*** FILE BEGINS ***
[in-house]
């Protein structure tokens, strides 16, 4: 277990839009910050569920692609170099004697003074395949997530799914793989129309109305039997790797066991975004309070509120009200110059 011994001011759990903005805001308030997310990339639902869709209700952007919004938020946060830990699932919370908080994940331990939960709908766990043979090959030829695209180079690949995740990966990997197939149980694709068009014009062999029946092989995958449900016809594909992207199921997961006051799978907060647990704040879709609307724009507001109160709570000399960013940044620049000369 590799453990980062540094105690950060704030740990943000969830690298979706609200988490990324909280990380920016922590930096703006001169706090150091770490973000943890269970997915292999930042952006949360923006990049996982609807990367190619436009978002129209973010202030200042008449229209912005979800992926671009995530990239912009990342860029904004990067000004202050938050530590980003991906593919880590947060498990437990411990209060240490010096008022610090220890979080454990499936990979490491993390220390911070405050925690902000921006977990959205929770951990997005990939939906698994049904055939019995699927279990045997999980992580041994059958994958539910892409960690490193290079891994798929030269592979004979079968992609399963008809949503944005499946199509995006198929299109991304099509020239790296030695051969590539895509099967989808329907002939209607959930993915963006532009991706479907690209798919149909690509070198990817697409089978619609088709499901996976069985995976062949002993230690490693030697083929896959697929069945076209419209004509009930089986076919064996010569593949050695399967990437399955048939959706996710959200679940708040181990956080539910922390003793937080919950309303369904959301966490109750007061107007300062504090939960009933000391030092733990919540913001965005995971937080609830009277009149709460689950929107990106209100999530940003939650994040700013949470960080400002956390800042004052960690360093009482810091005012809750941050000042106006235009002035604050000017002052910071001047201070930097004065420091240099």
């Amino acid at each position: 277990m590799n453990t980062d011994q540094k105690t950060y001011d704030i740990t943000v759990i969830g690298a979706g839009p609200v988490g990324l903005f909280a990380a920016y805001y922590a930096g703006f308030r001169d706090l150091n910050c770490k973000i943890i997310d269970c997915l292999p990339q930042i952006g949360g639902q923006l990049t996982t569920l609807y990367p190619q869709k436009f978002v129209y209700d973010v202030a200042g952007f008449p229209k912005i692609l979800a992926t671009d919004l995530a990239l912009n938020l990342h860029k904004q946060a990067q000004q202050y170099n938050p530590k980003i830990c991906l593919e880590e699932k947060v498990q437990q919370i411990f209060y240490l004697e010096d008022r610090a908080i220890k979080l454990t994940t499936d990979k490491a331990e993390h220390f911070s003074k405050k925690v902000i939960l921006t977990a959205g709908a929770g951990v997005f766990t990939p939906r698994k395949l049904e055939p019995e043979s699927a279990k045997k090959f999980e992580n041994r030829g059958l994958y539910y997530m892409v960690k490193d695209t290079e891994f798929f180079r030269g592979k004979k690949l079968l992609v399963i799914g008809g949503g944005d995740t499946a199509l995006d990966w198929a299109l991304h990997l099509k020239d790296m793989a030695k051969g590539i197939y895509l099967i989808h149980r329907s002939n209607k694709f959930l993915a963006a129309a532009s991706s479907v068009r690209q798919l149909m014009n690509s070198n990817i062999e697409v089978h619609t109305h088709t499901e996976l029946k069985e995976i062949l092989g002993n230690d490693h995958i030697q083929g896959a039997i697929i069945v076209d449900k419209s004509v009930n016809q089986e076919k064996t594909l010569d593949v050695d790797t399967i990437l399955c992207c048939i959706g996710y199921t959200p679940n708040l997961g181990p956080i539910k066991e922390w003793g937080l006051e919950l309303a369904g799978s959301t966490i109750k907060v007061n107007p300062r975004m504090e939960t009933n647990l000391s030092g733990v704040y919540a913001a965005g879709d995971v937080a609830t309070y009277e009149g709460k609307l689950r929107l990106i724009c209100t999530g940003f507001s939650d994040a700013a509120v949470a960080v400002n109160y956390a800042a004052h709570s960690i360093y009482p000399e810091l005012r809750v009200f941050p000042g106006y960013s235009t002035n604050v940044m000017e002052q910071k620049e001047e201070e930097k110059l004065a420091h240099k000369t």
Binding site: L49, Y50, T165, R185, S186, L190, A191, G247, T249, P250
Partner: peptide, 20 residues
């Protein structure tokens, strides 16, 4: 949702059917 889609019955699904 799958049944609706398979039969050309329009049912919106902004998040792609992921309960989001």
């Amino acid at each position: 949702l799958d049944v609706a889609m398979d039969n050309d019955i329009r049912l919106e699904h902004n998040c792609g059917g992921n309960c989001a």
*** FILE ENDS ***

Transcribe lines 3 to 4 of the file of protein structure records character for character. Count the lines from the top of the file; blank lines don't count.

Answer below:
């Amino acid at each position: 277990m590799n453990t980062d011994q540094k105690t950060y001011d704030i740990t943000v759990i969830g690298a979706g839009p609200v988490g990324l903005f909280a990380a920016y805001y922590a930096g703006f308030r001169d706090l150091n910050c770490k973000i943890i997310d269970c997915l292999p990339q930042i952006g949360g639902q923006l990049t996982t569920l609807y990367p190619q869709k436009f978002v129209y209700d973010v202030a200042g952007f008449p229209k912005i692609l979800a992926t671009d919004l995530a990239l912009n938020l990342h860029k904004q946060a990067q000004q202050y170099n938050p530590k980003i830990c991906l593919e880590e699932k947060v498990q437990q919370i411990f209060y240490l004697e010096d008022r610090a908080i220890k979080l454990t994940t499936d990979k490491a331990e993390h220390f911070s003074k405050k925690v902000i939960l921006t977990a959205g709908a929770g951990v997005f766990t990939p939906r698994k395949l049904e055939p019995e043979s699927a279990k045997k090959f999980e992580n041994r030829g059958l994958y539910y997530m892409v960690k490193d695209t290079e891994f798929f180079r030269g592979k004979k690949l079968l992609v399963i799914g008809g949503g944005d995740t499946a199509l995006d990966w198929a299109l991304h990997l099509k020239d790296m793989a030695k051969g590539i197939y895509l099967i989808h149980r329907s002939n209607k694709f959930l993915a963006a129309a532009s991706s479907v068009r690209q798919l149909m014009n690509s070198n990817i062999e697409v089978h619609t109305h088709t499901e996976l029946k069985e995976i062949l092989g002993n230690d490693h995958i030697q083929g896959a039997i697929i069945v076209d449900k419209s004509v009930n016809q089986e076919k064996t594909l010569d593949v050695d790797t399967i990437l399955c992207c048939i959706g996710y199921t959200p679940n708040l997961g181990p956080i539910k066991e922390w003793g937080l006051e919950l309303a369904g799978s959301t966490i109750k907060v007061n107007p300062r975004m504090e939960t009933n647990l000391s030092g733990v704040y919540a913001a965005g879709d995971v937080a609830t309070y009277e009149g709460k609307l689950r929107l990106i724009c209100t999530g940003f507001s939650d994040a700013a509120v949470a960080v400002n109160y956390a800042a004052h709570s960690i360093y009482p000399e810091l005012r809750v009200f941050p000042g106006y960013s235009t002035n604050v940044m000017e002052q910071k620049e001047e201070e930097k110059l004065a420091h240099k000369t």
Binding site: L49, Y50, T165, R185, S186, L190, A191, G247, T249, P250